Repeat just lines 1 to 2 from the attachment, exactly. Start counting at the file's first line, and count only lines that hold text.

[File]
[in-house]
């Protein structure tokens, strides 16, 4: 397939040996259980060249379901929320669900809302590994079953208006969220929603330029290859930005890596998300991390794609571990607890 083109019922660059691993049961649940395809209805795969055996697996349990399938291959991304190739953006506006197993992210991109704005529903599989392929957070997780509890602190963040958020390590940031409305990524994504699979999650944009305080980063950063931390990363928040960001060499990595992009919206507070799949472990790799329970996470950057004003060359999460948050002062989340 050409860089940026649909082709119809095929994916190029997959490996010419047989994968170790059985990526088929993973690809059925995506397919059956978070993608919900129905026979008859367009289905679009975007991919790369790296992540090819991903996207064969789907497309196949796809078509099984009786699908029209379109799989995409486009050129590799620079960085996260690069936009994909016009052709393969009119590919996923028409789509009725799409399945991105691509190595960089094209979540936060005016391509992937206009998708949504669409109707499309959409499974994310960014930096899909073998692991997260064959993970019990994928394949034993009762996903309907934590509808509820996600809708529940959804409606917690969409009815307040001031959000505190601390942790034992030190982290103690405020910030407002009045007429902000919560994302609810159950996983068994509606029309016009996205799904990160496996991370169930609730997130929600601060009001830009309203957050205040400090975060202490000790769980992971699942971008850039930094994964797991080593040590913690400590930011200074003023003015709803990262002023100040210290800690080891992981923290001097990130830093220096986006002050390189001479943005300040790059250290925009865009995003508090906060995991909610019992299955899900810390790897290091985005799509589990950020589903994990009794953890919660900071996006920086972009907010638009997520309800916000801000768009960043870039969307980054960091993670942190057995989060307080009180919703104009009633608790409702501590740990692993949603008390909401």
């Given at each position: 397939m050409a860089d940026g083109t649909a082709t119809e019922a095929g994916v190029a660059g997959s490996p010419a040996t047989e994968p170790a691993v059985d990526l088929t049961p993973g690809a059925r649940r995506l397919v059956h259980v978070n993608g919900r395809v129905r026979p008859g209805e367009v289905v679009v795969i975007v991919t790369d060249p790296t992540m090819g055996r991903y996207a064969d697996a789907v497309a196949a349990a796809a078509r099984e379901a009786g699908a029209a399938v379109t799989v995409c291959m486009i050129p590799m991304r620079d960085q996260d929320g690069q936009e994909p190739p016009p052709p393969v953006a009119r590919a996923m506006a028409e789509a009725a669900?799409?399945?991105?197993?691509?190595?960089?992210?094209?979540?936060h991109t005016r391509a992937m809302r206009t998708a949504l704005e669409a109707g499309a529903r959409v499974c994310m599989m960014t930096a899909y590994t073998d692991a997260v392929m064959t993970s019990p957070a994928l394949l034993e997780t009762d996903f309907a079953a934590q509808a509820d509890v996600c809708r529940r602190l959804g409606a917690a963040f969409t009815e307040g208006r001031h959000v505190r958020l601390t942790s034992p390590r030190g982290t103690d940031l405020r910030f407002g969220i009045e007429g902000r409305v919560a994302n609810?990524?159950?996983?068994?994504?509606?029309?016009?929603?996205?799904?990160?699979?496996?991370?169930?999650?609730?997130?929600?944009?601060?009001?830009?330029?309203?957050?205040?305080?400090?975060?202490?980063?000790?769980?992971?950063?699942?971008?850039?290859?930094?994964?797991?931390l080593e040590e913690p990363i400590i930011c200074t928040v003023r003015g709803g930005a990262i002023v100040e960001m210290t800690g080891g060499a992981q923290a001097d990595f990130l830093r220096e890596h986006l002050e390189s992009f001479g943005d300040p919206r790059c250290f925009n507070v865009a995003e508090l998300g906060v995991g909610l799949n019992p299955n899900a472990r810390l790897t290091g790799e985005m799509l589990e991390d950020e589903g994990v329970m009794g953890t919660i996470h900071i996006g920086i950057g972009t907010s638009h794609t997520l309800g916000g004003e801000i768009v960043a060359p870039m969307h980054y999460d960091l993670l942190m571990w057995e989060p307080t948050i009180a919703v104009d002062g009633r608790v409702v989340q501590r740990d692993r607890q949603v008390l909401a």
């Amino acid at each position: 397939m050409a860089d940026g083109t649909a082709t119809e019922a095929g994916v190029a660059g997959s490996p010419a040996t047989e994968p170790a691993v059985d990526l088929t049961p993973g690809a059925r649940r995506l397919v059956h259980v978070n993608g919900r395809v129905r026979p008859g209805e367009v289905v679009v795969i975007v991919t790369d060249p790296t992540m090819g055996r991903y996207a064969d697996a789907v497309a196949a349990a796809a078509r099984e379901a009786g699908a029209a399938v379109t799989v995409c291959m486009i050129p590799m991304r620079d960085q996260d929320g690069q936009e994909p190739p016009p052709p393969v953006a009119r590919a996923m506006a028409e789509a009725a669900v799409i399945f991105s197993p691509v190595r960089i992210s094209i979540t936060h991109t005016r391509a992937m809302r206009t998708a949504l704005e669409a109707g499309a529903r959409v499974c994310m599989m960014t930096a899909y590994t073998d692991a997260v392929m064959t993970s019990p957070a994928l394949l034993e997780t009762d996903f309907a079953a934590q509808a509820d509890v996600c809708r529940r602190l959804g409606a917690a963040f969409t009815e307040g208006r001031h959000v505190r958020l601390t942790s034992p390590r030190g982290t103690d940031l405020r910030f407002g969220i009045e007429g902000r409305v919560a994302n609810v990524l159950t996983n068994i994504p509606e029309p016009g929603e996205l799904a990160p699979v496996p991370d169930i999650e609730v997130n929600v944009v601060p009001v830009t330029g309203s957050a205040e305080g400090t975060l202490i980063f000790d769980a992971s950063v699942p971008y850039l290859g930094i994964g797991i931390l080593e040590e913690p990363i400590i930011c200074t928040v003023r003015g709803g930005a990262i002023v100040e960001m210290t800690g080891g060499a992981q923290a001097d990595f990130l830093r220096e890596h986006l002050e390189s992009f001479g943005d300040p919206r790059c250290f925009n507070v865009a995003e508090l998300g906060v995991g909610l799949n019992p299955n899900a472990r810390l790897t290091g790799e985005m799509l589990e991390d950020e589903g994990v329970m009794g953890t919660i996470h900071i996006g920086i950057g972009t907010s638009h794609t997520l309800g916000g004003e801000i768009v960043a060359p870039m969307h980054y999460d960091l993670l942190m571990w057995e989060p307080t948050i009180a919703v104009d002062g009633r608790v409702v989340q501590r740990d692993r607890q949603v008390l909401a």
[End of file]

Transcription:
[in-house]
């Protein structure tokens, strides 16, 4: 397939040996259980060249379901929320669900809302590994079953208006969220929603330029290859930005890596998300991390794609571990607890 083109019922660059691993049961649940395809209805795969055996697996349990399938291959991304190739953006506006197993992210991109704005529903599989392929957070997780509890602190963040958020390590940031409305990524994504699979999650944009305080980063950063931390990363928040960001060499990595992009919206507070799949472990790799329970996470950057004003060359999460948050002062989340 050409860089940026649909082709119809095929994916190029997959490996010419047989994968170790059985990526088929993973690809059925995506397919059956978070993608919900129905026979008859367009289905679009975007991919790369790296992540090819991903996207064969789907497309196949796809078509099984009786699908029209379109799989995409486009050129590799620079960085996260690069936009994909016009052709393969009119590919996923028409789509009725799409399945991105691509190595960089094209979540936060005016391509992937206009998708949504669409109707499309959409499974994310960014930096899909073998692991997260064959993970019990994928394949034993009762996903309907934590509808509820996600809708529940959804409606917690969409009815307040001031959000505190601390942790034992030190982290103690405020910030407002009045007429902000919560994302609810159950996983068994509606029309016009996205799904990160496996991370169930609730997130929600601060009001830009309203957050205040400090975060202490000790769980992971699942971008850039930094994964797991080593040590913690400590930011200074003023003015709803990262002023100040210290800690080891992981923290001097990130830093220096986006002050390189001479943005300040790059250290925009865009995003508090906060995991909610019992299955899900810390790897290091985005799509589990950020589903994990009794953890919660900071996006920086972009907010638009997520309800916000801000768009960043870039969307980054960091993670942190057995989060307080009180919703104009009633608790409702501590740990692993949603008390909401």